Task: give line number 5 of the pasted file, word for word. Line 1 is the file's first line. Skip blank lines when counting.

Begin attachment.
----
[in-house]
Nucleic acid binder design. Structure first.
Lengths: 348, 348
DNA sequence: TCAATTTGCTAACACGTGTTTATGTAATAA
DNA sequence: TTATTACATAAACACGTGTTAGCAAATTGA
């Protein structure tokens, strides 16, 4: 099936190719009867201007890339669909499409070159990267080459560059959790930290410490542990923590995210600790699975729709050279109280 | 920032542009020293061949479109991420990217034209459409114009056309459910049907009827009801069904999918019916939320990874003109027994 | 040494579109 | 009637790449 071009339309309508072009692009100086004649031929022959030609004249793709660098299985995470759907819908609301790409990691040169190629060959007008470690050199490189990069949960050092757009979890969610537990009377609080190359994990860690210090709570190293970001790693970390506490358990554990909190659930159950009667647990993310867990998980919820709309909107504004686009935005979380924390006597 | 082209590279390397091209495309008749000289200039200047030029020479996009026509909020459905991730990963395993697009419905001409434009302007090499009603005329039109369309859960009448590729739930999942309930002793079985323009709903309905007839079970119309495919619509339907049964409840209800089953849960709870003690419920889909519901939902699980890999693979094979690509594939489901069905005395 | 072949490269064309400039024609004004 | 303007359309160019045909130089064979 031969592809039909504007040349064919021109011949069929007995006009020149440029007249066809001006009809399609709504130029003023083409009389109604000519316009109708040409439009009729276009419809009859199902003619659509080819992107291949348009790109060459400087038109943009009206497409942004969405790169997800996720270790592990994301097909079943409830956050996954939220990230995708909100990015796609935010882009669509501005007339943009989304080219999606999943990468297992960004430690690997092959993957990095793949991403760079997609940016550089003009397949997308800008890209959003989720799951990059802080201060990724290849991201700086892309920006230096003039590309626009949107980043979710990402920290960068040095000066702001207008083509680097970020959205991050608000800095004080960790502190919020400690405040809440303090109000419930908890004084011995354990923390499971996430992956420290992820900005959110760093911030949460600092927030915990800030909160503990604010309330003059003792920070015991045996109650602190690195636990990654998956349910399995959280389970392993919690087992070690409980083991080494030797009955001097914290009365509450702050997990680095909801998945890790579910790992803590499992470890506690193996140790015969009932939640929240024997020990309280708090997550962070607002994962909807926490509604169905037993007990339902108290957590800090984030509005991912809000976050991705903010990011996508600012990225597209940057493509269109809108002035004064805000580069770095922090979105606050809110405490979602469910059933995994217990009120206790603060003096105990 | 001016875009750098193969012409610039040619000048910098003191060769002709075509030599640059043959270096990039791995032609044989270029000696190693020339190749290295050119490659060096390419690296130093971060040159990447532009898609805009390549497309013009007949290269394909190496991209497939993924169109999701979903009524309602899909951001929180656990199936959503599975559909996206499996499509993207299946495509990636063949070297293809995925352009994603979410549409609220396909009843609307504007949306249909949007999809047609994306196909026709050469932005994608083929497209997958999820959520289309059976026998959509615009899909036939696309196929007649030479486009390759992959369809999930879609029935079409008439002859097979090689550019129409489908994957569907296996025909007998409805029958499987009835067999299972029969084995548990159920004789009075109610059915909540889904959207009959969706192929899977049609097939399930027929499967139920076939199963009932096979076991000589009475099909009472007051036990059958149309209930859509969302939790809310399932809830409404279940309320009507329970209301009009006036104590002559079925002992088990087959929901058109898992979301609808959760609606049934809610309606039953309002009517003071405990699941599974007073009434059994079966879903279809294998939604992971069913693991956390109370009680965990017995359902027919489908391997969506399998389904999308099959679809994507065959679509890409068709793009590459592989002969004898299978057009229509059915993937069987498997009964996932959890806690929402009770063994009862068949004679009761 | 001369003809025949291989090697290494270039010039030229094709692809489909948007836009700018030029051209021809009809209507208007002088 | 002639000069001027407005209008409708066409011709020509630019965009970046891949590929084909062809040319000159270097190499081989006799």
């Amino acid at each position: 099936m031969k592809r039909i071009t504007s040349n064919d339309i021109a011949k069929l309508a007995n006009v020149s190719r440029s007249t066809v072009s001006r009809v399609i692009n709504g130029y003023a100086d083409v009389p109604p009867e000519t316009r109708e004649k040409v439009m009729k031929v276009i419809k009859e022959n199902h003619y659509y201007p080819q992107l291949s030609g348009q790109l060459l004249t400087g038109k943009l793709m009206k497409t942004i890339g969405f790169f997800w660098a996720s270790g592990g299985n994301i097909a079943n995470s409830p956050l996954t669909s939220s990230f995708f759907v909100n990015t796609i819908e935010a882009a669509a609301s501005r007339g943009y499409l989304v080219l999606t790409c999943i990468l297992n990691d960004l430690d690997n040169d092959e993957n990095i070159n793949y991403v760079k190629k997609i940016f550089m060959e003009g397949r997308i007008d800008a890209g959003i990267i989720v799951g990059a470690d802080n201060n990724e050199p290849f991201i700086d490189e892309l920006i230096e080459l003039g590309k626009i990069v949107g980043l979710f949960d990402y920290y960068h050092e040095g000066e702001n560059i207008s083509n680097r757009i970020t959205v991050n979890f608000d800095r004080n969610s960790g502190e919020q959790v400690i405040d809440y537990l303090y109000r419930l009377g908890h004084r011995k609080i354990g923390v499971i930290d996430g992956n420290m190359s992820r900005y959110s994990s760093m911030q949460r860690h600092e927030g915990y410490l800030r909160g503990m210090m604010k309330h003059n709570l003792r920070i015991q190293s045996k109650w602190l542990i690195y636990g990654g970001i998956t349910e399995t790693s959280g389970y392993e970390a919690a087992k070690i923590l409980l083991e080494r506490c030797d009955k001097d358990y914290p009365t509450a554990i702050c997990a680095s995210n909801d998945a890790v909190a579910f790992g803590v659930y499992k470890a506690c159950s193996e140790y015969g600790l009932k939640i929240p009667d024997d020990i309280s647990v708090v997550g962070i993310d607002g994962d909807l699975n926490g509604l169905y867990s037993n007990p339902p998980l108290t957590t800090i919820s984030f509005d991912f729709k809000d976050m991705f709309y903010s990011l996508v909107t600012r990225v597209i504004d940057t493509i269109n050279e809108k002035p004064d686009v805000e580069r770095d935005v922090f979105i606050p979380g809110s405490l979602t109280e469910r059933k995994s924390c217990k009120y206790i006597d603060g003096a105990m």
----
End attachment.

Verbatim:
DNA sequence: TTATTACATAAACACGTGTTAGCAAATTGA